Unravelling Psychopathy: Psychodynamic perspectives on working with personality disorders - 12 March 2016, London

With Dr Colin Campbell, Dr Ronald Doctor, Anna Motz, Dr Celia Taylor, Dr Estela Welldon and Dr Jessica Yakeley

Saturday 12 March 2016


Following our previous conference on the psychodynamics of murderousness, and again in association with the International Association for Forensic Psychotherapy, this day offers five talks by eminent forensic mental health professionals on the topic of personality disorders. The presenters will address the nature of personality disorder – sometimes known as psychopathy or as sociopathy or antisocial personality – in an effort to understand the causes and the possible treatments. The lectures will address some compelling questions: What causes personality disorders? How might we become more adept at detecting such patients, many of whom hide behind a façade of charm and deception? How best should we treat these people, and are they amenable to psychotherapeutic processes? Can liars be psychoanalysed? Are men more psychopathic than women? Join us for cutting-edge psychodynamic thinking about personality disorders and their treatment.

Tavistock Centre
120 Belsize Lane
London
NW3 5BA

More info here.

Dr Ronald Doctor

How much smoke do you need for a smoking gun? The psychodynamics of Personality Disorder
With the help of clinical material, this presentation will explore the counter transference in relation to the personality disorder. It is possible to classify the responses aroused by such patients under three headings: collusion, disbelief and condemnation. In treatment of the personality disorder, and in particular the psychopath, projective identification stirs our own sadism and this leads to two-fold response: either disbelief or condemnation. The psychopath despises the person who holds onto an illusion that he is good. Unconsciously he knows that it is a rejection of an important part of him, and will always give a strong clue about the hidden side of his character. If we accept what we see in the psychopath then we have to accept our own sadism. It may be more comfortable to believe that he and I are good.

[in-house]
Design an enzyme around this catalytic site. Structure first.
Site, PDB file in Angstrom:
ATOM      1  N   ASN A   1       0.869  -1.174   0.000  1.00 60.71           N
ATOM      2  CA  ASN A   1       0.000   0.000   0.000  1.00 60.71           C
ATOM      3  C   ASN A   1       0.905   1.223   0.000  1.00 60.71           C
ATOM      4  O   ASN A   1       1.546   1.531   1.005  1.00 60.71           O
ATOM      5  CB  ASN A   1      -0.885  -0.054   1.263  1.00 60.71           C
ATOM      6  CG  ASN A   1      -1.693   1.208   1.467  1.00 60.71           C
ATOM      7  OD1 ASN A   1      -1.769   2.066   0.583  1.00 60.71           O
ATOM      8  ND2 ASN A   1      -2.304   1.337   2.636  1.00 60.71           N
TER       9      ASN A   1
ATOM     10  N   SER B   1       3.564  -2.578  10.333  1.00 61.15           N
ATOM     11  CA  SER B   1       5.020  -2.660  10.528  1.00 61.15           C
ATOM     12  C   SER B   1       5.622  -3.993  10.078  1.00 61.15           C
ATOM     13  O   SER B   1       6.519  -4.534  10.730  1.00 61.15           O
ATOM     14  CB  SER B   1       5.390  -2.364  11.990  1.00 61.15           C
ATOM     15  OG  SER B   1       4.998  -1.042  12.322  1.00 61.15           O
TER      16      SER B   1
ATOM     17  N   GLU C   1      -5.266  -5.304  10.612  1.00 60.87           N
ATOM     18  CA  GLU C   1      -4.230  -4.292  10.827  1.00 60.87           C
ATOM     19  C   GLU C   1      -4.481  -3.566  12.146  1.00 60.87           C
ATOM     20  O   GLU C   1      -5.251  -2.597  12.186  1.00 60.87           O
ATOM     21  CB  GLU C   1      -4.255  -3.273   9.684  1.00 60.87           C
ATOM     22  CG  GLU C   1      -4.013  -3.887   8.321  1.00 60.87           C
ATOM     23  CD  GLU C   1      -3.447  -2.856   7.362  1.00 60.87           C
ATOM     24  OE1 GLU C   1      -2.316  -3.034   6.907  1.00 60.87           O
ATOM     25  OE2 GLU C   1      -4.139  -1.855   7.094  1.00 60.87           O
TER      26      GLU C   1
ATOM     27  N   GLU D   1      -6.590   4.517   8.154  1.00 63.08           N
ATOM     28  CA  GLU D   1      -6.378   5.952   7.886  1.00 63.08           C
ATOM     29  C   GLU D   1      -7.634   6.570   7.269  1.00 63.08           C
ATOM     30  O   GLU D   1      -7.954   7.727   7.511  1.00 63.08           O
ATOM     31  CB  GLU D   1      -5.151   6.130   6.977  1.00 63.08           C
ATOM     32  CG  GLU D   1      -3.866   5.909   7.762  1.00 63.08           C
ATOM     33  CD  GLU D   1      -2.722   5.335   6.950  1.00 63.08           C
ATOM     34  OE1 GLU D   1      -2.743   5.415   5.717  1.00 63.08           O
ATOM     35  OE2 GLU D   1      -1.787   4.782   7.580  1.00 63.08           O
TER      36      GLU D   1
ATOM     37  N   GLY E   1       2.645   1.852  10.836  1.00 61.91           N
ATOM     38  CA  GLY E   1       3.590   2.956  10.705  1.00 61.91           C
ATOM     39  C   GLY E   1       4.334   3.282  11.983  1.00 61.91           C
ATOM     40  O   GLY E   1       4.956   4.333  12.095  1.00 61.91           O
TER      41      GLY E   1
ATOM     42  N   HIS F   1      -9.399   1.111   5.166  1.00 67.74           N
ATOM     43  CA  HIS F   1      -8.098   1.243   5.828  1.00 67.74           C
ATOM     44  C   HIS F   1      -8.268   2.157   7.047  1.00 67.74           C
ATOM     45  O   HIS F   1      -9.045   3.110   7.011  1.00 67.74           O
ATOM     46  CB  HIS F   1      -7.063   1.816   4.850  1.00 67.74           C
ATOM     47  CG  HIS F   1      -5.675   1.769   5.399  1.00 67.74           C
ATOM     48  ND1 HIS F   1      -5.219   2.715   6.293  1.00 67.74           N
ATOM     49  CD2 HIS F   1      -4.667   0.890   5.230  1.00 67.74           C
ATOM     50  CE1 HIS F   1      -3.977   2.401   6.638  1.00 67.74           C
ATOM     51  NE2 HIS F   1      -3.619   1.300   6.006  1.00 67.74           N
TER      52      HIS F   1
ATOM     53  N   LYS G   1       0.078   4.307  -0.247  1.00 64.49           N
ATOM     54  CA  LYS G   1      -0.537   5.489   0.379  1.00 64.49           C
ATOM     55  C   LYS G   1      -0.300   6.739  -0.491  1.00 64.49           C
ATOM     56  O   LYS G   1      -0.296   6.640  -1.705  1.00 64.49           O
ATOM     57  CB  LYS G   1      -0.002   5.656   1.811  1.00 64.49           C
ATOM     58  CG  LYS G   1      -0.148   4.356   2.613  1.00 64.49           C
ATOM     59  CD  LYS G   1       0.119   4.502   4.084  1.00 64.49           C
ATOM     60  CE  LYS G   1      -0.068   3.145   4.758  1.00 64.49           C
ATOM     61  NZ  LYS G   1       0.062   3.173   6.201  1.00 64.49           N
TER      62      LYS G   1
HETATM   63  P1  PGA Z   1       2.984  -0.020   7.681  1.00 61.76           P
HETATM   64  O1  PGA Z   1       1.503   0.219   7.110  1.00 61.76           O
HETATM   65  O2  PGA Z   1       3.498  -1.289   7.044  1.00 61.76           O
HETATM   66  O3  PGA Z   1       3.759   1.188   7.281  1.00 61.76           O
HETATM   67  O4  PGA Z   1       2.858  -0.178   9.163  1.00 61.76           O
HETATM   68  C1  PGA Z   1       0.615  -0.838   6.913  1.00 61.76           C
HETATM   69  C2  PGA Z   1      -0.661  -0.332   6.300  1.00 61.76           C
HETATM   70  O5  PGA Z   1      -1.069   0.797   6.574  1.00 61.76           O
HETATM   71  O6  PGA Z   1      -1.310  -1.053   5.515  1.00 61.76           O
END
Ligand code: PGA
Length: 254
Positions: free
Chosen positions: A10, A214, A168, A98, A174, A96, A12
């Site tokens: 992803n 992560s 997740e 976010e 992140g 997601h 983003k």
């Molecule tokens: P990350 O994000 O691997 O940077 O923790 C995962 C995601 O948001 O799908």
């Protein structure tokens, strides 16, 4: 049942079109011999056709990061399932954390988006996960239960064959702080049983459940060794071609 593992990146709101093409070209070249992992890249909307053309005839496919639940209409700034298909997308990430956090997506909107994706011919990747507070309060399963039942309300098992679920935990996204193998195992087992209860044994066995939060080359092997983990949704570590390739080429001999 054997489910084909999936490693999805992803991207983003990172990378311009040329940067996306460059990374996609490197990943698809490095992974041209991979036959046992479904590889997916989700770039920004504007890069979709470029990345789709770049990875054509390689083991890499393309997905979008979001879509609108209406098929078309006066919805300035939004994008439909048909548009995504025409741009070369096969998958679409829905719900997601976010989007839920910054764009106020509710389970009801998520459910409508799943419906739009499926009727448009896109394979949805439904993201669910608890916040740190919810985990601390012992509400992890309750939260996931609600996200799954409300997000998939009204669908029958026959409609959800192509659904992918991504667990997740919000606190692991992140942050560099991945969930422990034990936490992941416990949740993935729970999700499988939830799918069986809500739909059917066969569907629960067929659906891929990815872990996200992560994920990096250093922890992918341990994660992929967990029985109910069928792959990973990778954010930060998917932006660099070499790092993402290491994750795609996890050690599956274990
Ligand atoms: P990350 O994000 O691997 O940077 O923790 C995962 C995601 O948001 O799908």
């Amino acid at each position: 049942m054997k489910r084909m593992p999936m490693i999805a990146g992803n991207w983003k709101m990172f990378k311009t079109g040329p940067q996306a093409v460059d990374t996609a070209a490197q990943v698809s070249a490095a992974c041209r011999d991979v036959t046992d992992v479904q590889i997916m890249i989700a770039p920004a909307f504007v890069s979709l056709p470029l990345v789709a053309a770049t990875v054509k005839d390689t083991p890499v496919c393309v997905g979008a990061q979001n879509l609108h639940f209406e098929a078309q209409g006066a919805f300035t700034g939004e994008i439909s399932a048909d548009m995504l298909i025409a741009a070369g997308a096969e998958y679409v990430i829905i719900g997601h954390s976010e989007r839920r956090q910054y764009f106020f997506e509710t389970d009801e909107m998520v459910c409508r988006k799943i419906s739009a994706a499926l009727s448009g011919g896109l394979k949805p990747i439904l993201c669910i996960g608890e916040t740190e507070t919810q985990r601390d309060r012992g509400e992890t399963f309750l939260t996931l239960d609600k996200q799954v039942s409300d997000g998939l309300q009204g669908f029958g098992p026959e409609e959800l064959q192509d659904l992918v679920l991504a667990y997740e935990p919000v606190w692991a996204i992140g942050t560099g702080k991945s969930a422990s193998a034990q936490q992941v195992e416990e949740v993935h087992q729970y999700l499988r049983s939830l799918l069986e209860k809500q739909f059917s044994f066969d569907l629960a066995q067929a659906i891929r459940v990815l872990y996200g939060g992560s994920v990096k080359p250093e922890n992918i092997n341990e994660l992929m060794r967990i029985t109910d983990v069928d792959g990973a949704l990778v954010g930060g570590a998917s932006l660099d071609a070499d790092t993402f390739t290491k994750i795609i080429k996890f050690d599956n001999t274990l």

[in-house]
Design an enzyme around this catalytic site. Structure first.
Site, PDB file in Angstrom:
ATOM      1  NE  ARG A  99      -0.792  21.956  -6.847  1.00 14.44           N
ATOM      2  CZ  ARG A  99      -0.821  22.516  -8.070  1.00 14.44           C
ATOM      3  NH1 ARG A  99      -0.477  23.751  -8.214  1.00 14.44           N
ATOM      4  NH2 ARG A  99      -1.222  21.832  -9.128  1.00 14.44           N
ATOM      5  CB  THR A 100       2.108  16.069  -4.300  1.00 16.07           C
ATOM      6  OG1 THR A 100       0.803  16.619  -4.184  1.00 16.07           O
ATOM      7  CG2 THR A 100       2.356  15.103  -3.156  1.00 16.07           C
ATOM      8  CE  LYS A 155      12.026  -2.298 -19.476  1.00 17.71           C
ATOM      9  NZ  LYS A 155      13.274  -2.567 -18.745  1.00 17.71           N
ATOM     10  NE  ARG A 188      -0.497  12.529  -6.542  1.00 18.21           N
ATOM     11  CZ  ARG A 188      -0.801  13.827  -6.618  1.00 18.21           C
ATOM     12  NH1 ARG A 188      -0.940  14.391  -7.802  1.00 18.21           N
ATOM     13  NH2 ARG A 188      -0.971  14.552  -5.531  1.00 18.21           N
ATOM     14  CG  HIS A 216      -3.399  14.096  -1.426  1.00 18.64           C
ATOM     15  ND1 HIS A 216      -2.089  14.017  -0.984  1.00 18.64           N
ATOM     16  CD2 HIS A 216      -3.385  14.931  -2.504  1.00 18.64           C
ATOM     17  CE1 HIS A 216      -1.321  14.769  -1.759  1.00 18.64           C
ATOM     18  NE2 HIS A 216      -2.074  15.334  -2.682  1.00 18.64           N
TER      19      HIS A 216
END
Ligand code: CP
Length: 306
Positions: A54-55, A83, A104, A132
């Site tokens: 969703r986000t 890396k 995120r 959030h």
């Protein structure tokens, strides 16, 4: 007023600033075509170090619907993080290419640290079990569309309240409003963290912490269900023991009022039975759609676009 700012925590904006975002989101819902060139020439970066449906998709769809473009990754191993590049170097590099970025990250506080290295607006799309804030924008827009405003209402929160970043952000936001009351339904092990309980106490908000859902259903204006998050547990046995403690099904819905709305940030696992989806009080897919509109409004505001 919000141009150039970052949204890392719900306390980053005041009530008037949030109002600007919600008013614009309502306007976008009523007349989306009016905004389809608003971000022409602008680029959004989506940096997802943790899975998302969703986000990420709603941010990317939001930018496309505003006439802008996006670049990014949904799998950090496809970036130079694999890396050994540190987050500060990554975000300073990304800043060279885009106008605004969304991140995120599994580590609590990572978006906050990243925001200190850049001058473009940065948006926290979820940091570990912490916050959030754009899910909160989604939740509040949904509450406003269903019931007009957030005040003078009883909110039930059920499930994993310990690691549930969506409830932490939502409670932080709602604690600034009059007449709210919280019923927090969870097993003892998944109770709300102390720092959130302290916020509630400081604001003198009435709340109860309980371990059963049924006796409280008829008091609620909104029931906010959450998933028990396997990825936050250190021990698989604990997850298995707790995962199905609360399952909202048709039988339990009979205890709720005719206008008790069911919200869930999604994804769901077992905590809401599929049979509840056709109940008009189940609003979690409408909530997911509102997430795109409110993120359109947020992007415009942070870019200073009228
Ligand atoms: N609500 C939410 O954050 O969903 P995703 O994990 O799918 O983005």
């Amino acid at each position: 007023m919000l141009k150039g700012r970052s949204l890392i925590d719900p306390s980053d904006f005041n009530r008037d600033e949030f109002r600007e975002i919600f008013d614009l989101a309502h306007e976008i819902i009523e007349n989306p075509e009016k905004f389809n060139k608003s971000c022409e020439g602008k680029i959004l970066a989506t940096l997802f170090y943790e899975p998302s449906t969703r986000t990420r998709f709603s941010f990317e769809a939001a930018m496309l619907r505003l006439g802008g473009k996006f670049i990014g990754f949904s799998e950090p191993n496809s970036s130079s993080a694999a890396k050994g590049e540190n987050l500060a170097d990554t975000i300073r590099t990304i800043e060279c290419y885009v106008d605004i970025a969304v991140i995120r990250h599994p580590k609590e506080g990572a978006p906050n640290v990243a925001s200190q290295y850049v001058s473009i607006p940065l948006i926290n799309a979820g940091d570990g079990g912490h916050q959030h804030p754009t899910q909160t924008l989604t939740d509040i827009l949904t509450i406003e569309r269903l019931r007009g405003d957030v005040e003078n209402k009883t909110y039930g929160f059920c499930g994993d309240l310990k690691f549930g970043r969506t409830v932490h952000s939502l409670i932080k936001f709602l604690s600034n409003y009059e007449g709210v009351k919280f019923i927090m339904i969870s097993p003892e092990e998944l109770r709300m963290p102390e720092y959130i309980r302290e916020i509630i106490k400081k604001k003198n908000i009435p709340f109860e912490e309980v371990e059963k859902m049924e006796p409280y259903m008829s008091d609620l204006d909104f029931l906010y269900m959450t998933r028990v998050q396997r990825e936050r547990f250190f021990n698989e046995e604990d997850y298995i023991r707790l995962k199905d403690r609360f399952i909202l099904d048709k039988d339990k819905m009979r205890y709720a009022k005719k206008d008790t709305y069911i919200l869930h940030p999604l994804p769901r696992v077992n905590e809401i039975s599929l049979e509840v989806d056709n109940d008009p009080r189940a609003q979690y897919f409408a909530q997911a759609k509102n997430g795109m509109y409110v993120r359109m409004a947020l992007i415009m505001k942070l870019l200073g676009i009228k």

Dr Jessica Yakeley

Antisocial personality disorder and psychopathy: a mentalization-based framework
Individuals diagnosed with antisocial personality disorder (ASPD) or psychopathy continue to be viewed by many as untreatable. However, psychopathy and ASPD are not synonymous and there is convincing evidence that a subgroup of individuals with medium to low psychopathy scores have suffered early trauma and attachment difficulties which have contributed to their personality pathology as adults. Mentalization-based therapy is based on attachment theory and offers a credible treatment for people with ASPD. Jessica Yakeley will present findings from an ongoing project developing and researching new MBT community services for ASPD nationally, which has been commissioned by the Ministry of Justice and Department of Health as part of the Personality Disorder Offender Pathway Strategy.

Dr Colin Campbell

Addressing psychopathy as a treatment obstacle in the management of personality disordered offenders
Recent evaluations of interventions for psychopathy have challenged the historical notion that individuals who meet criteria for psychopathy are untreatable. However, it continues to be used as the basis on which individuals are excluded from services, either explicitly, where it may be an exclusion criterion, or by less conscious processes. This paper will review recent initiatives to address psychopathy as a treatment obstacle in the management of personality disordered offenders in a range of secure settings. It will also explore the meaning and function of psychopathy as a factor limiting access to treatment, using illustrative clinical material.

Ms Anna Motz with discussant Dr Estela Welldon

The Many Faces of Eve
In this talk Anna Motz will describe the unique manifestations of female perversion and violence, with illustrative clinical material.She will draw on Welldon’s (1988) model of female personality and consider in particular whether the concept of psychopathy has any relevance to women, or if it is a misappropriation of a construction related to men. She will also describe societal responses to crimes perpetrated by women, and how details of the potential for female violence and perversion only serves to perpetuate unhelpful stereotypes and vilify those women. Finally, she will outline therapeutic approaches for working with violent and sadistic women.

Dr Celia Taylor

Psychopathic personalities and the impact on the clinician
Working with people with antisocial or psychopathic personality disturbance can have a profound impact on clinicians. Many of the offences committed by these individuals are of a highly sadistic kind and therefore traumatic to hear about and process, leading to angry and punitive responses. On the other side of the coin, some staff identify strongly with the victim within the offender, since childhood histories of appalling abuse and disrupted attachments are common. Team splitting and conflict frequently ensue, thus undermining the best efforts at treatment. This talk will consider the dynamics impacting on teams’ ability to function together in this work, and what measures can be taken to mitigate these effects.

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